“I had trained Interpretive Rangers Allie Ellis and Michael Putnam at Fort King George how to self-rescue and assist other with righting flipped boats. They told me later that it actually happened on one of their paddle programs and successfully flipped the boat back over,” she explained. “So it was cool to have a direct result.”

While interpretation is a fun aspect of the job, natural disasters can have a devastating impact on Georgia’s Parks. Valerie Ikhwan, the Site Manager at Fort King George Historic Site, has firsthand experience leading hurricane response on Georgia’s coast.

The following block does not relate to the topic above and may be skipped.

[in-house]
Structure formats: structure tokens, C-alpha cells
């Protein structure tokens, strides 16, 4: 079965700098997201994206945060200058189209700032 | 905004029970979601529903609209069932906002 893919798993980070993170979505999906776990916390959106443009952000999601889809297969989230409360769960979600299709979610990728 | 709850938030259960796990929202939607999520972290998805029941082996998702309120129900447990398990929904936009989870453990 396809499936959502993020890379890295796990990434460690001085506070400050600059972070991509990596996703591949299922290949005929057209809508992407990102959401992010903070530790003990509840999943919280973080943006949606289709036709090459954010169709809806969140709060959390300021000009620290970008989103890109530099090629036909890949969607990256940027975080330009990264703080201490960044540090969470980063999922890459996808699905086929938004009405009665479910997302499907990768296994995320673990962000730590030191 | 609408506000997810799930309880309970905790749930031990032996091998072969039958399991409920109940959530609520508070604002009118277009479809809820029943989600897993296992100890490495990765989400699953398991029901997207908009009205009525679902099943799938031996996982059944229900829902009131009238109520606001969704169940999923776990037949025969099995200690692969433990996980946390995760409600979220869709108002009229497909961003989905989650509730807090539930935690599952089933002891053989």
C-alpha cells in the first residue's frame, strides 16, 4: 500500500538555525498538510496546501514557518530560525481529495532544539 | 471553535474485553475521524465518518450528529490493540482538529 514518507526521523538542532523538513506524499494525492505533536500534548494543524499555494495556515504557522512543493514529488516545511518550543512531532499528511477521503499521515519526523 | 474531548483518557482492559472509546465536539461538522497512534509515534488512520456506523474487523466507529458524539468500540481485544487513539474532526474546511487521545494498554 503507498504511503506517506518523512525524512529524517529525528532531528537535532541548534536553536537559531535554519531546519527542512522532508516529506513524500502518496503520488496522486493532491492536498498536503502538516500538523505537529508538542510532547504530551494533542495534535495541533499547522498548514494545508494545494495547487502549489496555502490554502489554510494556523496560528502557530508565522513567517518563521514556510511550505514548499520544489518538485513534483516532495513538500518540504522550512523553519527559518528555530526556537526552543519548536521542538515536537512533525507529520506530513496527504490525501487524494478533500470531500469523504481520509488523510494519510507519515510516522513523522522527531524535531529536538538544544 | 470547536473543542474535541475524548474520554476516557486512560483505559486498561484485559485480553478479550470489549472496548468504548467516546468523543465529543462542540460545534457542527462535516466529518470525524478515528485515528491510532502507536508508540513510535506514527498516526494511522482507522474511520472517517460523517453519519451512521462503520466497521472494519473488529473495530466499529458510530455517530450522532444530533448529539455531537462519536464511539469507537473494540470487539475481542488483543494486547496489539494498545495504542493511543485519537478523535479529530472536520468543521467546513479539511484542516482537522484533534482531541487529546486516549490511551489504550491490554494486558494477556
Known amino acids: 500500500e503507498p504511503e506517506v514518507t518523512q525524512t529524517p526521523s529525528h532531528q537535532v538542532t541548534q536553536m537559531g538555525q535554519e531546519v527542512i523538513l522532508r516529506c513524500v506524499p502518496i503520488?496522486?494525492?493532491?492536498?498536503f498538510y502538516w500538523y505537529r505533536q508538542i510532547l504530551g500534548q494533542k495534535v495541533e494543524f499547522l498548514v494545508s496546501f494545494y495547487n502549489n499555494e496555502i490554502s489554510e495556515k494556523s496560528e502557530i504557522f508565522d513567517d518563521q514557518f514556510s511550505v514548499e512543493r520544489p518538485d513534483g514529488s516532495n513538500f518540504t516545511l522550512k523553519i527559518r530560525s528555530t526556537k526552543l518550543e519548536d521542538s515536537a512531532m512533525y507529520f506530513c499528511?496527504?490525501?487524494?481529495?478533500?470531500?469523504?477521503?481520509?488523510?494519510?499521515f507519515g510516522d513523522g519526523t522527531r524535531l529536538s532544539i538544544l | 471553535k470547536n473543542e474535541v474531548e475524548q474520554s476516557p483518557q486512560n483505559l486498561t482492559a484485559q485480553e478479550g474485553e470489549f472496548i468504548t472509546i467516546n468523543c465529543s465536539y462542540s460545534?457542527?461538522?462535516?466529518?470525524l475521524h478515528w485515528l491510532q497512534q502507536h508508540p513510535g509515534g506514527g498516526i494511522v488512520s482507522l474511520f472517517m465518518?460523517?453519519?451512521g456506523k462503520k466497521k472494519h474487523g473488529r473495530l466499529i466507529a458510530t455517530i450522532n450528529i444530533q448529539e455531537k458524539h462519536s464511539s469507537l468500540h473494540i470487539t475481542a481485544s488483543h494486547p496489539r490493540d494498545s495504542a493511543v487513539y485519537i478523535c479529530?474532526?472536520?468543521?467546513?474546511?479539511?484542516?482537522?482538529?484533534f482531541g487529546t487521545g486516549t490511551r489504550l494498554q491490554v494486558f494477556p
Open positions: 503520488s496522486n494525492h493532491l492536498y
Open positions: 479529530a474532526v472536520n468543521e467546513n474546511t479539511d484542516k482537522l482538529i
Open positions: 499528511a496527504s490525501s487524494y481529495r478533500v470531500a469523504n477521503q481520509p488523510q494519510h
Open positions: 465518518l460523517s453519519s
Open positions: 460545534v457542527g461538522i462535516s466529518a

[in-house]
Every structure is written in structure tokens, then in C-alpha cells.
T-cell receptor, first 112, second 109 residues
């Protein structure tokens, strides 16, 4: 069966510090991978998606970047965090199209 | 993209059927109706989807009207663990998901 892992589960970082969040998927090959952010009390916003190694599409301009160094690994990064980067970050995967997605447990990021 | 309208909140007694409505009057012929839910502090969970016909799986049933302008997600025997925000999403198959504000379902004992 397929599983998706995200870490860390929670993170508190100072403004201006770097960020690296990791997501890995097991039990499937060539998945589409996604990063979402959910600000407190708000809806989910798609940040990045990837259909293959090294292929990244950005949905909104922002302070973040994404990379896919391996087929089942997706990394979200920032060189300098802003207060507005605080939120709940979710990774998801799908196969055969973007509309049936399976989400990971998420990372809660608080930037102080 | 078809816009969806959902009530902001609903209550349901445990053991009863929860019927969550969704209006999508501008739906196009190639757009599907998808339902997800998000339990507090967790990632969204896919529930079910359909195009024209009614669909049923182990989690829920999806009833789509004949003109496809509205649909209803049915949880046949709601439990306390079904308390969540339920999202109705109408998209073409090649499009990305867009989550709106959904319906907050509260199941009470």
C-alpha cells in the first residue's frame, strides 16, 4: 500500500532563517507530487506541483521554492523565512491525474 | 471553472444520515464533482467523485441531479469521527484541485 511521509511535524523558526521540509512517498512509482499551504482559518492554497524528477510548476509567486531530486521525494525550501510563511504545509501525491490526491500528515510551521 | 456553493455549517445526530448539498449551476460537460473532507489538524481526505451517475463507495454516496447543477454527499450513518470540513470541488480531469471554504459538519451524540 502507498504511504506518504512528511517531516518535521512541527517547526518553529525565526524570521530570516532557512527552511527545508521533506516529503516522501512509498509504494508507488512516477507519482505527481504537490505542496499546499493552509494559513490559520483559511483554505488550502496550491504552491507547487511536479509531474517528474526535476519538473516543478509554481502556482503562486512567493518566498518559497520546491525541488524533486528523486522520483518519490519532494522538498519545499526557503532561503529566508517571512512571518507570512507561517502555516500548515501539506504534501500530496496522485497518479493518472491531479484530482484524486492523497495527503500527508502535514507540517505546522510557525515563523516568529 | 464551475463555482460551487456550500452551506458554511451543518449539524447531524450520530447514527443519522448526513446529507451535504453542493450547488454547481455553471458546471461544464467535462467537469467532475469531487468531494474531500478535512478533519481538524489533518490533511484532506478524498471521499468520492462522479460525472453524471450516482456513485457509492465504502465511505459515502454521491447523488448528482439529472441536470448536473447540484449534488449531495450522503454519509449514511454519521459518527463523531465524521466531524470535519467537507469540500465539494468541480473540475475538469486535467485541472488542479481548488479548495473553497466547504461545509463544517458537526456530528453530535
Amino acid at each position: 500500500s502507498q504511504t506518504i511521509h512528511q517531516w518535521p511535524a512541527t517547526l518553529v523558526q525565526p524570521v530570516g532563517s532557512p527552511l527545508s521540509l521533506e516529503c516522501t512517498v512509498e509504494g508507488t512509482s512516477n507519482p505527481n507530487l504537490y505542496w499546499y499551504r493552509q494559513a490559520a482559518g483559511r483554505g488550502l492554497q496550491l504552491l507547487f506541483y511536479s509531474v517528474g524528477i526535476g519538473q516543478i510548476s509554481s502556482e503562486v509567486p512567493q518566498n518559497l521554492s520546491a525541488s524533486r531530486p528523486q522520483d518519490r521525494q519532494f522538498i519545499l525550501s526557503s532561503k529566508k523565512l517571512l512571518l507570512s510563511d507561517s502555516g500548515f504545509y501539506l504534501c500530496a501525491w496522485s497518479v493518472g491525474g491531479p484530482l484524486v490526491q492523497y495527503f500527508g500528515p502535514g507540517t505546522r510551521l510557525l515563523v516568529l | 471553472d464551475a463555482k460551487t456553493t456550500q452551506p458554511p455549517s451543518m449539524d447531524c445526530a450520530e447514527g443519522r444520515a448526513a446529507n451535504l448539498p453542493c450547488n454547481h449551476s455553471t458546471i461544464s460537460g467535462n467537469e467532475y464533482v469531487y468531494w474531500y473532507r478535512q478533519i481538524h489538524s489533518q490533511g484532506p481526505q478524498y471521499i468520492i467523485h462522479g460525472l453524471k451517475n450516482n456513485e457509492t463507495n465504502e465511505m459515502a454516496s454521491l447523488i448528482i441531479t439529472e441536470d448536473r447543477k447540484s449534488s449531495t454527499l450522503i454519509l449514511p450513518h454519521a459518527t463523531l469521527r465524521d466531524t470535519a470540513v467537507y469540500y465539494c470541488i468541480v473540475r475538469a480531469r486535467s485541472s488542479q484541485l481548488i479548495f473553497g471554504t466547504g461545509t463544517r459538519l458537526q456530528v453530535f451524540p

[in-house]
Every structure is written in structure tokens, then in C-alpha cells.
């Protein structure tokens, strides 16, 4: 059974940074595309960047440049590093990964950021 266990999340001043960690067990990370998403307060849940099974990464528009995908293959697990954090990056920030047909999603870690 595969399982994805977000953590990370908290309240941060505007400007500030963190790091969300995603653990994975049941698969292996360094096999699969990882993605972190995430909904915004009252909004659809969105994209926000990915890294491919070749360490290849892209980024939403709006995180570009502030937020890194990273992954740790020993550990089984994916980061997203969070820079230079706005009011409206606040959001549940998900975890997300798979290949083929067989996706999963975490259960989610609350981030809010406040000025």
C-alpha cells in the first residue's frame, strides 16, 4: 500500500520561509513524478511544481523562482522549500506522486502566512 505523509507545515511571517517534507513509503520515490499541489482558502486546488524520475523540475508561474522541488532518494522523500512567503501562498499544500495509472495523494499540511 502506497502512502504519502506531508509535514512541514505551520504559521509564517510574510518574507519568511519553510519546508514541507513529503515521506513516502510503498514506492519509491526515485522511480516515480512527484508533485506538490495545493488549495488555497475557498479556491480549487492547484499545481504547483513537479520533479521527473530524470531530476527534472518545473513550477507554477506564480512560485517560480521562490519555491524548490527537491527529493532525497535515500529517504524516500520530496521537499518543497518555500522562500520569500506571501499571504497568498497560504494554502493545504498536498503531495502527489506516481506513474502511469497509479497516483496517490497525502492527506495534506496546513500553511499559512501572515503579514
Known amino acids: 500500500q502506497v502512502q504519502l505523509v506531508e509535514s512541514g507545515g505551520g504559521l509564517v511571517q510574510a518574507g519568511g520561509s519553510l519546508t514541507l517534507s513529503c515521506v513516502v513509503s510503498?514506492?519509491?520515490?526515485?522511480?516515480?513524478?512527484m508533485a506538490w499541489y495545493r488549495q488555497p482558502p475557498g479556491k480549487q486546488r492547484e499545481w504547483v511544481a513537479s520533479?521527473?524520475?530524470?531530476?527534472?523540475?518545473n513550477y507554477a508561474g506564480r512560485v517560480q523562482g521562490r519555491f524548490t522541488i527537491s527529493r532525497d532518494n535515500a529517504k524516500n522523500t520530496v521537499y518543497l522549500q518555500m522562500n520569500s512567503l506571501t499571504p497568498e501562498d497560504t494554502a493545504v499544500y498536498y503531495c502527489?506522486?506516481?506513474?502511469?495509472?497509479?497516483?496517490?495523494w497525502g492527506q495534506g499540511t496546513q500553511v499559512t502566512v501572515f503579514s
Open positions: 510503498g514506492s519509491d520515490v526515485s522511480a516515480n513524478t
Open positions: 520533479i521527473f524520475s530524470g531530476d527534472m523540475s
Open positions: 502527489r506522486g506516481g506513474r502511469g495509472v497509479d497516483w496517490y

“When a hurricane comes, it’s do or die,” said Ikhwan. In September of 2016, Hurricane Matthew hit Florida, Georgia and the Carolina’s. According to reports by the Associated Press, the storm left 250,000 people without power on Georgia’s coast and took the lives of three Georgians. Officials called the storm a “1 in 500-year storm surge event,” for the islands of Jekyll and St. Simons. Fort King George is located 10 miles north of those islands.

“It’s pure chaos, all you see is destruction, and you have to be able to prioritize and chip away,” said Ikhwan. “You’ll start with checking for downed power lines and high dangers, then clear away hazards, hanging trees and debris. Once those are down, you cut it up and clean it up.”

Ikhwan knew the response to Matthew could have gone better in her eyes. 11 months later, she would have a chance to prove it after Category 5 Hurricane Irma hit Florida.